Ministers have been warned they must amend the EU withdrawal bill to curtail any possibility of a power grab away from the Scottish and Welsh devolved administrations or risk a constitutional crisis.
The first secretary of state, Damian Green, is to meet senior figures in the Welsh assembly and Scottish government on Monday at the joint ministerial committee. They will warn that the devolved administrations will not give legislative consent unless the bill is significantly amended.
The first minister of Wales, Carwyn Jones, said he would recommend the Welsh assembly block the bill unless changes were made.
“We do not accept the bill in its current form and have recommended that the assembly does not grant its consent unless changes are made,” he said. The SNP’s Brexit minister, Mike Russell, has also previously told the Scottish parliament there was no consent for the bill in its current form.
The Scottish and Welsh administrations have demanded additional changes to avoid what they describe as a Westminster power grab on devolved policy areas including fisheries and agriculture.
In the bill, powers derived from EU law in those areas would be retained by Westminster, with central government deciding whether to devolve them at a later date.
A senior UK government source said Green hoped to agree a statement of principles with the devolved administrations at the meeting on Monday, committing to returning powers to Belfast, Edinburgh and Cardiff.
A significant proportion of the agenda for the meeting has been dedicated to discussing amendments to the bill and concerns about its impact on devolution. Northern Ireland will be represented by its head of the civil service, David Sterling, given the failure of Stormont parties to agree a power-sharing deal.
The source said it was crucial the new powers did not jeopardise the the UK’s internal single market, meaning guidelines would have to be agreed before new EU-derived powers could be devolved. “This government is on board with devolution, it’s not in our interests to pursue a power grab,” the source said.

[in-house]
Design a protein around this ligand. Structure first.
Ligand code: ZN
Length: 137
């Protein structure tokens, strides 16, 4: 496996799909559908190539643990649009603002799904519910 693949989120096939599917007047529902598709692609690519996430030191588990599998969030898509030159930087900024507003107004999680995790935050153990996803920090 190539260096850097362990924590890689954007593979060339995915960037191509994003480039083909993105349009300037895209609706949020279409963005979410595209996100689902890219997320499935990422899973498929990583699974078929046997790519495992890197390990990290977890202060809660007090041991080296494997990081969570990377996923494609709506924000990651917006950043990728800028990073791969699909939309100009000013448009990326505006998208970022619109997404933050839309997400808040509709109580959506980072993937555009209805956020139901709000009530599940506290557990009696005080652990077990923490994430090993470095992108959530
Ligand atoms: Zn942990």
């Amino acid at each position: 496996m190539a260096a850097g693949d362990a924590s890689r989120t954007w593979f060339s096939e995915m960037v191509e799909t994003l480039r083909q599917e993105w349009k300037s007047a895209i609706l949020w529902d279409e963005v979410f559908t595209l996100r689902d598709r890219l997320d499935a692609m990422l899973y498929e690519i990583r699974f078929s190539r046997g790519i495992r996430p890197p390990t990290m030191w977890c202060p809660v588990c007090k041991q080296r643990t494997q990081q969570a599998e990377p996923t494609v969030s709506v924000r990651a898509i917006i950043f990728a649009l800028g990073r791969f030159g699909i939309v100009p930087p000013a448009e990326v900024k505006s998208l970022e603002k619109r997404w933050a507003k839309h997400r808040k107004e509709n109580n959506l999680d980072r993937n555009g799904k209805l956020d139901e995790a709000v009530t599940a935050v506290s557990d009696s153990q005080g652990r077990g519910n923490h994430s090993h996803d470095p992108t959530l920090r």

Any failure to reach agreement could spark a constitutional crisis if the devolved administrations then refuse to give their consent to the bill. “Everyone wants to avoid that,” a source said.
Jones hinted he had been given the nod that changes were being made after meeting Green, Theresa May’s de facto deputy, last week. “Clearly there is little expectation that the bill will survive in its current form as it passes through parliament, and we remain hopeful that the UK government will come to support the required changes,” he said.
Welsh Labour, SNP and Plaid Cymru MPs have submitted detailed amendments on devolution in consultation with the devolved administrations.
Russell said he believed agreement was possible: “I hope progress can be made on a number of fronts, for example, on recognising the importance of single market membership and amending the EU withdrawal bill so the Scottish parliament can give it consent.
“On the EU withdrawal bill, progress can made if the amendments suggested by the Scottish and Welsh governments are accepted.”
In a statement, Green said he was “committed to delivering a significant increase in the decision-making power of each devolved administration after we leave the European Union”. Wales’s finance secretary, Mark Drakeford, who will attend Monday’s talks, is to call for a “reset relationship with the devolved administrations”.
Jones also gave a stark warning on the prospect of a “no deal” Brexit in which the UK crashed out of the EU without a negotiated settlement, saying it would be grounds for an immediate general election.
“The growing view on the Conservative benches that no deal is a viable outcome is a deeply dangerous fallacy. Walking away from the talks would be a catastrophic political failure with dire economic and security consequences.
“In fact, it would be such a seismic event it would provoke a massive political crisis, which ought to lead to an immediate general election so the electorate could clearly express their view via the ballot box.”
Jones said a trade deal with Europe had to take precedence over any other. “It is one of the world’s biggest markets – bigger than America – it is on our doorstep, we share a land border. If we can’t do a deal with them, we have no chance of doing a deal with anybody else,” he said.
This article was written by Jessica Elgot, for theguardian.com on Monday 16th October 2017 00.01 Europe/Londonguardian.co.uk © Guardian News and Media Limited 2010